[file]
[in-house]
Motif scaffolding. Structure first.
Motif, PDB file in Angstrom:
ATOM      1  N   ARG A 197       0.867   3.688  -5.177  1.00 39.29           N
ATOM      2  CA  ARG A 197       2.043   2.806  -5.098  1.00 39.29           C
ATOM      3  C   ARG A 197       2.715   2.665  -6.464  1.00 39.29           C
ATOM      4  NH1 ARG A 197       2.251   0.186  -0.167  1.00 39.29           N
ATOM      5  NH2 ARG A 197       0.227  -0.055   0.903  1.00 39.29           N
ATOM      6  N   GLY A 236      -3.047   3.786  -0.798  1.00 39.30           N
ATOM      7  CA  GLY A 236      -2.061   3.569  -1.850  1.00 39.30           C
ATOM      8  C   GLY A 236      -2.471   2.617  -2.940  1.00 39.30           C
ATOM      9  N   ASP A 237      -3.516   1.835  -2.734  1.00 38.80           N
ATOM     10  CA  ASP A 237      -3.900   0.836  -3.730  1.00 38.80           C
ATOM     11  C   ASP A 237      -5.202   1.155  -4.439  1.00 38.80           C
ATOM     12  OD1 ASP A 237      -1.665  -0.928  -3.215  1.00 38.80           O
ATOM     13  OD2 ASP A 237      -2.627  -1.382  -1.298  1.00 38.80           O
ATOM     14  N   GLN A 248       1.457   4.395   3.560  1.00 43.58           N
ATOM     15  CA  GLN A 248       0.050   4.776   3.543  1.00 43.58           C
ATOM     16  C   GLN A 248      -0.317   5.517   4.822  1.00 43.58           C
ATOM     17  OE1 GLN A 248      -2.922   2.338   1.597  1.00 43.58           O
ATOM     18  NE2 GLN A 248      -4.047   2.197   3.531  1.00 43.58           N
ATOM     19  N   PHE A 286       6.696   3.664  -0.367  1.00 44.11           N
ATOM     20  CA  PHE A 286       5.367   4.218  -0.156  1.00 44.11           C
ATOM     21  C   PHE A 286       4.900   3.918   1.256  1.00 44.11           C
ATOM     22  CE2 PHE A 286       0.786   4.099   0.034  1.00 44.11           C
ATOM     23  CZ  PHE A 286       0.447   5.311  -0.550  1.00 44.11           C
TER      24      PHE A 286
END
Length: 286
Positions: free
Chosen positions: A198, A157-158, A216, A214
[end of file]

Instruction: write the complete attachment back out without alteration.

[in-house]
Motif scaffolding. Structure first.
Motif, PDB file in Angstrom:
ATOM      1  N   ARG A 197       0.867   3.688  -5.177  1.00 39.29           N
ATOM      2  CA  ARG A 197       2.043   2.806  -5.098  1.00 39.29           C
ATOM      3  C   ARG A 197       2.715   2.665  -6.464  1.00 39.29           C
ATOM      4  NH1 ARG A 197       2.251   0.186  -0.167  1.00 39.29           N
ATOM      5  NH2 ARG A 197       0.227  -0.055   0.903  1.00 39.29           N
ATOM      6  N   GLY A 236      -3.047   3.786  -0.798  1.00 39.30           N
ATOM      7  CA  GLY A 236      -2.061   3.569  -1.850  1.00 39.30           C
ATOM      8  C   GLY A 236      -2.471   2.617  -2.940  1.00 39.30           C
ATOM      9  N   ASP A 237      -3.516   1.835  -2.734  1.00 38.80           N
ATOM     10  CA  ASP A 237      -3.900   0.836  -3.730  1.00 38.80           C
ATOM     11  C   ASP A 237      -5.202   1.155  -4.439  1.00 38.80           C
ATOM     12  OD1 ASP A 237      -1.665  -0.928  -3.215  1.00 38.80           O
ATOM     13  OD2 ASP A 237      -2.627  -1.382  -1.298  1.00 38.80           O
ATOM     14  N   GLN A 248       1.457   4.395   3.560  1.00 43.58           N
ATOM     15  CA  GLN A 248       0.050   4.776   3.543  1.00 43.58           C
ATOM     16  C   GLN A 248      -0.317   5.517   4.822  1.00 43.58           C
ATOM     17  OE1 GLN A 248      -2.922   2.338   1.597  1.00 43.58           O
ATOM     18  NE2 GLN A 248      -4.047   2.197   3.531  1.00 43.58           N
ATOM     19  N   PHE A 286       6.696   3.664  -0.367  1.00 44.11           N
ATOM     20  CA  PHE A 286       5.367   4.218  -0.156  1.00 44.11           C
ATOM     21  C   PHE A 286       4.900   3.918   1.256  1.00 44.11           C
ATOM     22  CE2 PHE A 286       0.786   4.099   0.034  1.00 44.11           C
ATOM     23  CZ  PHE A 286       0.447   5.311  -0.550  1.00 44.11           C
TER      24      PHE A 286
END
Length: 286
Positions: free
Chosen positions: A198, A157-158, A216, A214